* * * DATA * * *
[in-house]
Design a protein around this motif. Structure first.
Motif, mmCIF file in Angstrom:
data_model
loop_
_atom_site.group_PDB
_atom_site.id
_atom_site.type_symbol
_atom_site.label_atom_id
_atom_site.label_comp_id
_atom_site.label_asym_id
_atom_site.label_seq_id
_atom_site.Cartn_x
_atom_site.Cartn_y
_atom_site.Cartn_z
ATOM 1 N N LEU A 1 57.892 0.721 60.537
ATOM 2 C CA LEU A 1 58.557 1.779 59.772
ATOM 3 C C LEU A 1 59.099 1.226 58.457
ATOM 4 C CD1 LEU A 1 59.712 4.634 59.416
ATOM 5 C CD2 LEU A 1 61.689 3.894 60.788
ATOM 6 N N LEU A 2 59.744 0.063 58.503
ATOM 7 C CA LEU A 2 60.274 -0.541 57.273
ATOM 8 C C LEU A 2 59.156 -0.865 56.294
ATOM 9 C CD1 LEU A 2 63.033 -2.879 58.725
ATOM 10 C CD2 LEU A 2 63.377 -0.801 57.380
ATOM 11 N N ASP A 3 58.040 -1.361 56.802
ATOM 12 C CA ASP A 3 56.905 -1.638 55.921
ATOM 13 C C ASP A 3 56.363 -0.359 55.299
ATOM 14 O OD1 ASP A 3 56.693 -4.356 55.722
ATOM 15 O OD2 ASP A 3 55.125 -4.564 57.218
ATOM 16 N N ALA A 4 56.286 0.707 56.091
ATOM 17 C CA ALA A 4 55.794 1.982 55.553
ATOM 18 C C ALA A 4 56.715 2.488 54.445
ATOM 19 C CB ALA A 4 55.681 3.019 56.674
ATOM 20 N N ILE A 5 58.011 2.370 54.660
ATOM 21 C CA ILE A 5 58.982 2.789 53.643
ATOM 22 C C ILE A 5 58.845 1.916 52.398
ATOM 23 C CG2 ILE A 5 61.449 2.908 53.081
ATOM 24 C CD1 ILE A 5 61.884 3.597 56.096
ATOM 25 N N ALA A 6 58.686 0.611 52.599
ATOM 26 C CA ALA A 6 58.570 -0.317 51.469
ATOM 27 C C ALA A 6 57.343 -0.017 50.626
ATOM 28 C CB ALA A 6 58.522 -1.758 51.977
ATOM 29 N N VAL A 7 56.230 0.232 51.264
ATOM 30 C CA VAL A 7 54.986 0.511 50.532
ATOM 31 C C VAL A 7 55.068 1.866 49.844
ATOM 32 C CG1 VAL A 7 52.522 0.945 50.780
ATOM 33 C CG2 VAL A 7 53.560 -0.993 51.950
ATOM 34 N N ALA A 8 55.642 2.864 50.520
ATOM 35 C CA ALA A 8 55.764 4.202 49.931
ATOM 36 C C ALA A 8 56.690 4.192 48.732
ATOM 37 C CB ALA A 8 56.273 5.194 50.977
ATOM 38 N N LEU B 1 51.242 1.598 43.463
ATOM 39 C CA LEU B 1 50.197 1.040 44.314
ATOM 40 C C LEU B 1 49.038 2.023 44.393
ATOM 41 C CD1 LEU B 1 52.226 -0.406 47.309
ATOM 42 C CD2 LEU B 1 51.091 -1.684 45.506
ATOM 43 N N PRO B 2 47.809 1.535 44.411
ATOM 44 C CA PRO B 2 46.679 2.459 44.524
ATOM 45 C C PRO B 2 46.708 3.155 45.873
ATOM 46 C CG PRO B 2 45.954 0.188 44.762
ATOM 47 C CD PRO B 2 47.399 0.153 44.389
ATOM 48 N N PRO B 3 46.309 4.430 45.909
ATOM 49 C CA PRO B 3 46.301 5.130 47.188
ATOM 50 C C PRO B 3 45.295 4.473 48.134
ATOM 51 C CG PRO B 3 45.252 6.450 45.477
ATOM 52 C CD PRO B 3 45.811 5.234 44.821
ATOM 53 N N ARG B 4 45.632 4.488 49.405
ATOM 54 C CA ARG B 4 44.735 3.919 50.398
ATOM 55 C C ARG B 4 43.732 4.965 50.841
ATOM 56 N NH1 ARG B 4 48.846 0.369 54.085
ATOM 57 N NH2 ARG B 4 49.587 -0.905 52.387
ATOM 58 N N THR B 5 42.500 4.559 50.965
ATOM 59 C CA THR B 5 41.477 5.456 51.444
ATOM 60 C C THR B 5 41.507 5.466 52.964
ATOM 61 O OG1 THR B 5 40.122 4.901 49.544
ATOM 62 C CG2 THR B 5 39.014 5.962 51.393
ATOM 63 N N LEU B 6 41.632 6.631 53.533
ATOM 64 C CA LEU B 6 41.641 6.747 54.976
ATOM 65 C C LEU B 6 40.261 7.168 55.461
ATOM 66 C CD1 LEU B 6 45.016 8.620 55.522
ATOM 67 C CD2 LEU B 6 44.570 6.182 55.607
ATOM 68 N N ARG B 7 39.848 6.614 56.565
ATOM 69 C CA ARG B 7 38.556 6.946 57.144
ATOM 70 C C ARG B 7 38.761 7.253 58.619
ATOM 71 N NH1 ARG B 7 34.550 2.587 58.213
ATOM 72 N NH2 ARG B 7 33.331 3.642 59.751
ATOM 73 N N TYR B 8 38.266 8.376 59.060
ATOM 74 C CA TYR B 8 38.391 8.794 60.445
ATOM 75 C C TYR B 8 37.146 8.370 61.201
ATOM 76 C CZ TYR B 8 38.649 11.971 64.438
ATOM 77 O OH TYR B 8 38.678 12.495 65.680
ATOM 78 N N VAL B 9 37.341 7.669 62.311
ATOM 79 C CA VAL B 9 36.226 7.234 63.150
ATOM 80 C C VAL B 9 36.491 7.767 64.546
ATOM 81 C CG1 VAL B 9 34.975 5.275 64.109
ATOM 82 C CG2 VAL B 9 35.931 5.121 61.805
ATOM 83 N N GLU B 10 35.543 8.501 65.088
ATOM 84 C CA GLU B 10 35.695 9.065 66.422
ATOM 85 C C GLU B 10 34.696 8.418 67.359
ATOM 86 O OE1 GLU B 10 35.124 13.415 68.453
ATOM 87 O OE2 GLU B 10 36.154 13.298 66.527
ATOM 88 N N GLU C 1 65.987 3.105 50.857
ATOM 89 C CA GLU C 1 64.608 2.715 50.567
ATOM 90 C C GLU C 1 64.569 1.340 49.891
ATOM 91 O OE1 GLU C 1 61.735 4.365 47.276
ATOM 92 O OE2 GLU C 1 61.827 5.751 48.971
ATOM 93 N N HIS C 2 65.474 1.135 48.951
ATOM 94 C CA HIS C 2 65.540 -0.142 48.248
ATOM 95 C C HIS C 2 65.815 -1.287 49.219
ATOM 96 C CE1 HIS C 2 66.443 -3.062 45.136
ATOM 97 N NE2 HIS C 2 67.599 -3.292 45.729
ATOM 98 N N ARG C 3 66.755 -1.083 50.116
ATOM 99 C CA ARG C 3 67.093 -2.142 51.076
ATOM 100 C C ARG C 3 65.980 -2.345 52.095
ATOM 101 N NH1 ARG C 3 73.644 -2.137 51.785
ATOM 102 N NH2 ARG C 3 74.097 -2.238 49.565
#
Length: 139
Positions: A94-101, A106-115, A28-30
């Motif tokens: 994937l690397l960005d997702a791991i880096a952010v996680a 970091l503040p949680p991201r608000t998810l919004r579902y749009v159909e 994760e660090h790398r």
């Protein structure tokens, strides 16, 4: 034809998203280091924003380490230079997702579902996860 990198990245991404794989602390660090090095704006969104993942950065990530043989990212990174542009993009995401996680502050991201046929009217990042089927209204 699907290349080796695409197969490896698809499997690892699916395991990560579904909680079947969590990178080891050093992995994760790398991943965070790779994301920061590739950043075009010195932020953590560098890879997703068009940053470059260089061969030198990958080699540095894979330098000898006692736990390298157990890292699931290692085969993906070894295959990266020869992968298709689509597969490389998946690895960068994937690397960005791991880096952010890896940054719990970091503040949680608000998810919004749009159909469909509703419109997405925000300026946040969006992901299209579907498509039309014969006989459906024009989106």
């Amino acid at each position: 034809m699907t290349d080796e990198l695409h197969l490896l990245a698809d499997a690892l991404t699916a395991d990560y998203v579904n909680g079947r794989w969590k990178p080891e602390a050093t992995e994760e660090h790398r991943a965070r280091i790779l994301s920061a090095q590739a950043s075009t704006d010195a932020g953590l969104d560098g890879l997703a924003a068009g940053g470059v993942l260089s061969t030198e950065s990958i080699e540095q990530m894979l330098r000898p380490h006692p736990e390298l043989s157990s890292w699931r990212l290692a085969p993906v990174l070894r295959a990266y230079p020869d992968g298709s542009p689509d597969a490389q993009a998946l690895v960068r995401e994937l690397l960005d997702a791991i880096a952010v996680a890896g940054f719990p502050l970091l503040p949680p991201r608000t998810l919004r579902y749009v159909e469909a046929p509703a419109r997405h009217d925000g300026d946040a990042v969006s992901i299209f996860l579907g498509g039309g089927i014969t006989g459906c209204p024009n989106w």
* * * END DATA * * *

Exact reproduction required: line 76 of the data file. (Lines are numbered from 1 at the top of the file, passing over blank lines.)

ATOM 61 O OG1 THR B 5 40.122 4.901 49.544